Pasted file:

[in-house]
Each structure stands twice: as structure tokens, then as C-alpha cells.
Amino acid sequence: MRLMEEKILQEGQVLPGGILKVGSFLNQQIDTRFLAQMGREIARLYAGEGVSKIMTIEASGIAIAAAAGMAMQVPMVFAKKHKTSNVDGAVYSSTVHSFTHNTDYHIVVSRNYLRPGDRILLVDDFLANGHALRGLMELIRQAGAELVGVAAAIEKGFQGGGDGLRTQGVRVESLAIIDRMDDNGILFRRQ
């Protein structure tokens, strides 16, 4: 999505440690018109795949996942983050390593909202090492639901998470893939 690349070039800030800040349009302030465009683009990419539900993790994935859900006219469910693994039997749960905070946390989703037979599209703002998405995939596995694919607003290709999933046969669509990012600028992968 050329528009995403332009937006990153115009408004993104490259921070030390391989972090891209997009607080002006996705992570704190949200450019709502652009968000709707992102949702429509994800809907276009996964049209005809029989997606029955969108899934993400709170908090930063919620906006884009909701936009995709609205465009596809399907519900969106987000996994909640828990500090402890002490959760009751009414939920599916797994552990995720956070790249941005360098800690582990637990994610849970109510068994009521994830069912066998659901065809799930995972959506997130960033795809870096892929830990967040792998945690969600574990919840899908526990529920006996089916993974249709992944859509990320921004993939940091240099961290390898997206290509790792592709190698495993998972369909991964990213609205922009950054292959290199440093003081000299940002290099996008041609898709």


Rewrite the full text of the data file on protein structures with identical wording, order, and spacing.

[in-house]
Each structure stands twice: as structure tokens, then as C-alpha cells.
Amino acid sequence: MRLMEEKILQEGQVLPGGILKVGSFLNQQIDTRFLAQMGREIARLYAGEGVSKIMTIEASGIAIAAAAGMAMQVPMVFAKKHKTSNVDGAVYSSTVHSFTHNTDYHIVVSRNYLRPGDRILLVDDFLANGHALRGLMELIRQAGAELVGVAAAIEKGFQGGGDGLRTQGVRVESLAIIDRMDDNGILFRRQ
């Protein structure tokens, strides 16, 4: 999505440690018109795949996942983050390593909202090492639901998470893939 690349070039800030800040349009302030465009683009990419539900993790994935859900006219469910693994039997749960905070946390989703037979599209703002998405995939596995694919607003290709999933046969669509990012600028992968 050329528009995403332009937006990153115009408004993104490259921070030390391989972090891209997009607080002006996705992570704190949200450019709502652009968000709707992102949702429509994800809907276009996964049209005809029989997606029955969108899934993400709170908090930063919620906006884009909701936009995709609205465009596809399907519900969106987000996994909640828990500090402890002490959760009751009414939920599916797994552990995720956070790249941005360098800690582990637990994610849970109510068994009521994830069912066998659901065809799930995972959506997130960033795809870096892929830990967040792998945690969600574990919840899908526990529920006996089916993974249709992944859509990320921004993939940091240099961290390898997206290509790792592709190698495993998972369909991964990213609205922009950054292959290199440093003081000299940002290099996008041609898709």